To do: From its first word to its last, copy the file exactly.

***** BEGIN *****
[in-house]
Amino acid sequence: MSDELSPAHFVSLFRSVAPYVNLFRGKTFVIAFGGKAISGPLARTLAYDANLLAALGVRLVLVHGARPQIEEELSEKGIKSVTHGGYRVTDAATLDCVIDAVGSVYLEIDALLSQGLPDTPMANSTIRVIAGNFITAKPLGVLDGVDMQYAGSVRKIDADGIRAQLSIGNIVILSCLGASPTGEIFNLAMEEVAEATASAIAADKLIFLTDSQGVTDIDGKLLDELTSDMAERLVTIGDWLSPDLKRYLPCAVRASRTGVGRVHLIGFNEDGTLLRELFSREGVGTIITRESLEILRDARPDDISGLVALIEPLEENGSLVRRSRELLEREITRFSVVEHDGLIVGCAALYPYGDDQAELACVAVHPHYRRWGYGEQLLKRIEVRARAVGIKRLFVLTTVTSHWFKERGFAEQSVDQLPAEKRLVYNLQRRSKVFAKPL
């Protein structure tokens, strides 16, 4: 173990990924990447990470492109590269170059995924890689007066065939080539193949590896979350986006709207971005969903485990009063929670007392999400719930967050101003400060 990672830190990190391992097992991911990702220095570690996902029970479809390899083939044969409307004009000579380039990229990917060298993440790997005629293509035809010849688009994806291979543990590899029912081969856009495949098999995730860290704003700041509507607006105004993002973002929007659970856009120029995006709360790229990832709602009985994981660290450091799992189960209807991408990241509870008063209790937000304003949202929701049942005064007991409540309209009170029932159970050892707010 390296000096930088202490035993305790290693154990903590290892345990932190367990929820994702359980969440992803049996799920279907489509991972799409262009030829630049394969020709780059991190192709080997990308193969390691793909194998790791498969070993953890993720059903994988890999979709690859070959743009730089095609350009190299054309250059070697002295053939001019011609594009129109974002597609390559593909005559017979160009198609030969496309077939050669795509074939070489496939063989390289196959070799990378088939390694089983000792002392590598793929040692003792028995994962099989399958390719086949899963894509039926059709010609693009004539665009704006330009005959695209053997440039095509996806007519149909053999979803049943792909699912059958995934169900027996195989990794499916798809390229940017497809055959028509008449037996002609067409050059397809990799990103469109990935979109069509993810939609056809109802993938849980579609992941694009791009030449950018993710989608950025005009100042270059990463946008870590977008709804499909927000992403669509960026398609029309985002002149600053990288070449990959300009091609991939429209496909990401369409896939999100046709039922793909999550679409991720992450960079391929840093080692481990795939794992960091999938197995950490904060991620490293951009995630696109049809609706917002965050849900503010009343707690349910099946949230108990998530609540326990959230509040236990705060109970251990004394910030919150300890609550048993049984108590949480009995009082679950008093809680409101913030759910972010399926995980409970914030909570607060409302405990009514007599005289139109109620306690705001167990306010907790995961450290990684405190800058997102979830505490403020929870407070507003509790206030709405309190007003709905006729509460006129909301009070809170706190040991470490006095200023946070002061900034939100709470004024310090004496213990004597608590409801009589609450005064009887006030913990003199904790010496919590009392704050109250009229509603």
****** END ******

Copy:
[in-house]
Amino acid sequence: MSDELSPAHFVSLFRSVAPYVNLFRGKTFVIAFGGKAISGPLARTLAYDANLLAALGVRLVLVHGARPQIEEELSEKGIKSVTHGGYRVTDAATLDCVIDAVGSVYLEIDALLSQGLPDTPMANSTIRVIAGNFITAKPLGVLDGVDMQYAGSVRKIDADGIRAQLSIGNIVILSCLGASPTGEIFNLAMEEVAEATASAIAADKLIFLTDSQGVTDIDGKLLDELTSDMAERLVTIGDWLSPDLKRYLPCAVRASRTGVGRVHLIGFNEDGTLLRELFSREGVGTIITRESLEILRDARPDDISGLVALIEPLEENGSLVRRSRELLEREITRFSVVEHDGLIVGCAALYPYGDDQAELACVAVHPHYRRWGYGEQLLKRIEVRARAVGIKRLFVLTTVTSHWFKERGFAEQSVDQLPAEKRLVYNLQRRSKVFAKPL
């Protein structure tokens, strides 16, 4: 173990990924990447990470492109590269170059995924890689007066065939080539193949590896979350986006709207971005969903485990009063929670007392999400719930967050101003400060 990672830190990190391992097992991911990702220095570690996902029970479809390899083939044969409307004009000579380039990229990917060298993440790997005629293509035809010849688009994806291979543990590899029912081969856009495949098999995730860290704003700041509507607006105004993002973002929007659970856009120029995006709360790229990832709602009985994981660290450091799992189960209807991408990241509870008063209790937000304003949202929701049942005064007991409540309209009170029932159970050892707010 390296000096930088202490035993305790290693154990903590290892345990932190367990929820994702359980969440992803049996799920279907489509991972799409262009030829630049394969020709780059991190192709080997990308193969390691793909194998790791498969070993953890993720059903994988890999979709690859070959743009730089095609350009190299054309250059070697002295053939001019011609594009129109974002597609390559593909005559017979160009198609030969496309077939050669795509074939070489496939063989390289196959070799990378088939390694089983000792002392590598793929040692003792028995994962099989399958390719086949899963894509039926059709010609693009004539665009704006330009005959695209053997440039095509996806007519149909053999979803049943792909699912059958995934169900027996195989990794499916798809390229940017497809055959028509008449037996002609067409050059397809990799990103469109990935979109069509993810939609056809109802993938849980579609992941694009791009030449950018993710989608950025005009100042270059990463946008870590977008709804499909927000992403669509960026398609029309985002002149600053990288070449990959300009091609991939429209496909990401369409896939999100046709039922793909999550679409991720992450960079391929840093080692481990795939794992960091999938197995950490904060991620490293951009995630696109049809609706917002965050849900503010009343707690349910099946949230108990998530609540326990959230509040236990705060109970251990004394910030919150300890609550048993049984108590949480009995009082679950008093809680409101913030759910972010399926995980409970914030909570607060409302405990009514007599005289139109109620306690705001167990306010907790995961450290990684405190800058997102979830505490403020929870407070507003509790206030709405309190007003709905006729509460006129909301009070809170706190040991470490006095200023946070002061900034939100709470004024310090004496213990004597608590409801009589609450005064009887006030913990003199904790010496919590009392704050109250009229509603």